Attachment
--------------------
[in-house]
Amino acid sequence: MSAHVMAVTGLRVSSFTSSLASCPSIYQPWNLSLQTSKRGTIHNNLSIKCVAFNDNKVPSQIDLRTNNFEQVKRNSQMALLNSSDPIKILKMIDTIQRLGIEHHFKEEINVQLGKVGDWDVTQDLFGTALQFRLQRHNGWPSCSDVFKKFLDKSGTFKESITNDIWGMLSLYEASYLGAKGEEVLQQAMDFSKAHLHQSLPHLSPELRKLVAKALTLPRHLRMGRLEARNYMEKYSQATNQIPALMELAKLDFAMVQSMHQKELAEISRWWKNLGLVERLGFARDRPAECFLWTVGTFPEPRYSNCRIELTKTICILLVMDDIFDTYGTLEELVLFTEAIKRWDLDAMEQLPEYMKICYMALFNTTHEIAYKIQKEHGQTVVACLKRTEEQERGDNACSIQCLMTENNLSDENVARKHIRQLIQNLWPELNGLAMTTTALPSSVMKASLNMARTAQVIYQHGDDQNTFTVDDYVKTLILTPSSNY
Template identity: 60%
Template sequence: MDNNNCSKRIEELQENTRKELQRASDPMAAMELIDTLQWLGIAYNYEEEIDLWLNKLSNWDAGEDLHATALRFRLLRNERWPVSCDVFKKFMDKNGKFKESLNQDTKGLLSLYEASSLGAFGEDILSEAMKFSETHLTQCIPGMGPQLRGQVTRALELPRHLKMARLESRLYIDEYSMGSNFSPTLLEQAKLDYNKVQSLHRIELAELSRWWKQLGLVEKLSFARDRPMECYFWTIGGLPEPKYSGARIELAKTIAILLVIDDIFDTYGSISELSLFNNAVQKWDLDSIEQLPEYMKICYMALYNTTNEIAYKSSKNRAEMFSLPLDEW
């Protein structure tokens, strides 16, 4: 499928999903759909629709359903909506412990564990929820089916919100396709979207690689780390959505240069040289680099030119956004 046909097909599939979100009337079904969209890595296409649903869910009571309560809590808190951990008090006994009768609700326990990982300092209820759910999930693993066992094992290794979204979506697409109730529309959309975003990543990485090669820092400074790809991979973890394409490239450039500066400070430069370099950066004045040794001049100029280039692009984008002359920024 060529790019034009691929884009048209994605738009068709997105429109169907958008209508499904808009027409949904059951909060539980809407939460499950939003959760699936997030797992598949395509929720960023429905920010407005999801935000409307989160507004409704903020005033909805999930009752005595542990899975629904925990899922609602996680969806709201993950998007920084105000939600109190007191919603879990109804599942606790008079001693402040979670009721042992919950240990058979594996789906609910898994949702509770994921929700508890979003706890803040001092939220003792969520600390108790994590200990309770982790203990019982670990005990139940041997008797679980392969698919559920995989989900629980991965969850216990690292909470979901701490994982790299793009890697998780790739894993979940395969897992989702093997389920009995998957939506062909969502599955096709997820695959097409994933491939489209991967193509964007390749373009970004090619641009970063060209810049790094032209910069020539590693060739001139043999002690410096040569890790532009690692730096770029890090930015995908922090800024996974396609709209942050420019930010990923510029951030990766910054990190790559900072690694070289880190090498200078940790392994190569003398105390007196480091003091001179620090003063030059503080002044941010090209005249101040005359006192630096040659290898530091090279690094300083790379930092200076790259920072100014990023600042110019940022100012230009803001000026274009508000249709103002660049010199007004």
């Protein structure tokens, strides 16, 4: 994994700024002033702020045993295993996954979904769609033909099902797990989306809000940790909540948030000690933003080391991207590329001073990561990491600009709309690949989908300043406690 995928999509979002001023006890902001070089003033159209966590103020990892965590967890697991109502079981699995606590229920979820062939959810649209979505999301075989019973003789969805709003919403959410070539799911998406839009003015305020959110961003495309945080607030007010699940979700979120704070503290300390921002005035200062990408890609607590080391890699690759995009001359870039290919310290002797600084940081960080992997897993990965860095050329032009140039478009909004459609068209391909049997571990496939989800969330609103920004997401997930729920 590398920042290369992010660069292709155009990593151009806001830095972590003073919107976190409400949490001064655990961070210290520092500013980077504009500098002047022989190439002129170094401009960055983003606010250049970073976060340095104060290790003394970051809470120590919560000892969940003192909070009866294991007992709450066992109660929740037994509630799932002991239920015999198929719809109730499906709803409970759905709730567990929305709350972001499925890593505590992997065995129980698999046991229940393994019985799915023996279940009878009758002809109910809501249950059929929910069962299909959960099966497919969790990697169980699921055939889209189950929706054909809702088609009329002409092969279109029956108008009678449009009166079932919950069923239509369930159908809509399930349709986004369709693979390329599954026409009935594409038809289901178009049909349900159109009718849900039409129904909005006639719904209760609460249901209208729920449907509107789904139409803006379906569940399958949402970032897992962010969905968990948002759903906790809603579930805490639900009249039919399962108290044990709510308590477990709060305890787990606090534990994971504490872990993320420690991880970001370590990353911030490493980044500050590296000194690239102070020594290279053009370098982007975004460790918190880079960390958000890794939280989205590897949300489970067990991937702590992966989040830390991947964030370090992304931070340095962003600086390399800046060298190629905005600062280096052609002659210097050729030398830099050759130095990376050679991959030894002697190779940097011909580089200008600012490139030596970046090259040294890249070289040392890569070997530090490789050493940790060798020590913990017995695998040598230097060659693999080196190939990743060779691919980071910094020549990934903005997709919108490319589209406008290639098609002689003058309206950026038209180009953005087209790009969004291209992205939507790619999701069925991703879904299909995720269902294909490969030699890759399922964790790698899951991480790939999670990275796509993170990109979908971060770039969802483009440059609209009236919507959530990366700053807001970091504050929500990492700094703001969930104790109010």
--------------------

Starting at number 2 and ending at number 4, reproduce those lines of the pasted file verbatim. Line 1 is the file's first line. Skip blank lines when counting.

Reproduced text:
Amino acid sequence: MSAHVMAVTGLRVSSFTSSLASCPSIYQPWNLSLQTSKRGTIHNNLSIKCVAFNDNKVPSQIDLRTNNFEQVKRNSQMALLNSSDPIKILKMIDTIQRLGIEHHFKEEINVQLGKVGDWDVTQDLFGTALQFRLQRHNGWPSCSDVFKKFLDKSGTFKESITNDIWGMLSLYEASYLGAKGEEVLQQAMDFSKAHLHQSLPHLSPELRKLVAKALTLPRHLRMGRLEARNYMEKYSQATNQIPALMELAKLDFAMVQSMHQKELAEISRWWKNLGLVERLGFARDRPAECFLWTVGTFPEPRYSNCRIELTKTICILLVMDDIFDTYGTLEELVLFTEAIKRWDLDAMEQLPEYMKICYMALFNTTHEIAYKIQKEHGQTVVACLKRTEEQERGDNACSIQCLMTENNLSDENVARKHIRQLIQNLWPELNGLAMTTTALPSSVMKASLNMARTAQVIYQHGDDQNTFTVDDYVKTLILTPSSNY
Template identity: 60%
Template sequence: MDNNNCSKRIEELQENTRKELQRASDPMAAMELIDTLQWLGIAYNYEEEIDLWLNKLSNWDAGEDLHATALRFRLLRNERWPVSCDVFKKFMDKNGKFKESLNQDTKGLLSLYEASSLGAFGEDILSEAMKFSETHLTQCIPGMGPQLRGQVTRALELPRHLKMARLESRLYIDEYSMGSNFSPTLLEQAKLDYNKVQSLHRIELAELSRWWKQLGLVEKLSFARDRPMECYFWTIGGLPEPKYSGARIELAKTIAILLVIDDIFDTYGSISELSLFNNAVQKWDLDSIEQLPEYMKICYMALYNTTNEIAYKSSKNRAEMFSLPLDEW